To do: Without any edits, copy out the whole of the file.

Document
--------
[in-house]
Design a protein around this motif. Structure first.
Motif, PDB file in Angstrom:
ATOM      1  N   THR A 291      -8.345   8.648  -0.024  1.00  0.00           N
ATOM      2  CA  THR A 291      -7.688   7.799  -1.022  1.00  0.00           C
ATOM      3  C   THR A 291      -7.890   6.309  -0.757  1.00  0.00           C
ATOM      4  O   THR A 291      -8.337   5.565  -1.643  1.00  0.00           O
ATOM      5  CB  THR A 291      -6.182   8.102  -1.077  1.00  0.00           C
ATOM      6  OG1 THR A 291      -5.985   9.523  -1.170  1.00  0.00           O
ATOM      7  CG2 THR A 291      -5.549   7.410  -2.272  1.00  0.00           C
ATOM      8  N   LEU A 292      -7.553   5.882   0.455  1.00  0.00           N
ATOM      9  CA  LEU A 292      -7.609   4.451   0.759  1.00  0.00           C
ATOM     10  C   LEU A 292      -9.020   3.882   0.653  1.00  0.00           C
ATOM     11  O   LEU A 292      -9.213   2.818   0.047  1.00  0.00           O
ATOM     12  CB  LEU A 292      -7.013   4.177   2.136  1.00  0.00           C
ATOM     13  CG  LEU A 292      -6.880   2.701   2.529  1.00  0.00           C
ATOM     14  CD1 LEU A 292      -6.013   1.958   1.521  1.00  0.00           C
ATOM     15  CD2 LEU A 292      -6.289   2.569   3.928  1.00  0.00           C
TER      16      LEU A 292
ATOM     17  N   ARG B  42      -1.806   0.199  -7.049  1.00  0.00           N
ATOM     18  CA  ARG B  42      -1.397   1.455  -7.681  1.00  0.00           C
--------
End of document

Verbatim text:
[in-house]
Design a protein around this motif. Structure first.
Motif, PDB file in Angstrom:
ATOM      1  N   THR A 291      -8.345   8.648  -0.024  1.00  0.00           N
ATOM      2  CA  THR A 291      -7.688   7.799  -1.022  1.00  0.00           C
ATOM      3  C   THR A 291      -7.890   6.309  -0.757  1.00  0.00           C
ATOM      4  O   THR A 291      -8.337   5.565  -1.643  1.00  0.00           O
ATOM      5  CB  THR A 291      -6.182   8.102  -1.077  1.00  0.00           C
ATOM      6  OG1 THR A 291      -5.985   9.523  -1.170  1.00  0.00           O
ATOM      7  CG2 THR A 291      -5.549   7.410  -2.272  1.00  0.00           C
ATOM      8  N   LEU A 292      -7.553   5.882   0.455  1.00  0.00           N
ATOM      9  CA  LEU A 292      -7.609   4.451   0.759  1.00  0.00           C
ATOM     10  C   LEU A 292      -9.020   3.882   0.653  1.00  0.00           C
ATOM     11  O   LEU A 292      -9.213   2.818   0.047  1.00  0.00           O
ATOM     12  CB  LEU A 292      -7.013   4.177   2.136  1.00  0.00           C
ATOM     13  CG  LEU A 292      -6.880   2.701   2.529  1.00  0.00           C
ATOM     14  CD1 LEU A 292      -6.013   1.958   1.521  1.00  0.00           C
ATOM     15  CD2 LEU A 292      -6.289   2.569   3.928  1.00  0.00           C
TER      16      LEU A 292
ATOM     17  N   ARG B  42      -1.806   0.199  -7.049  1.00  0.00           N
ATOM     18  CA  ARG B  42      -1.397   1.455  -7.681  1.00  0.00           C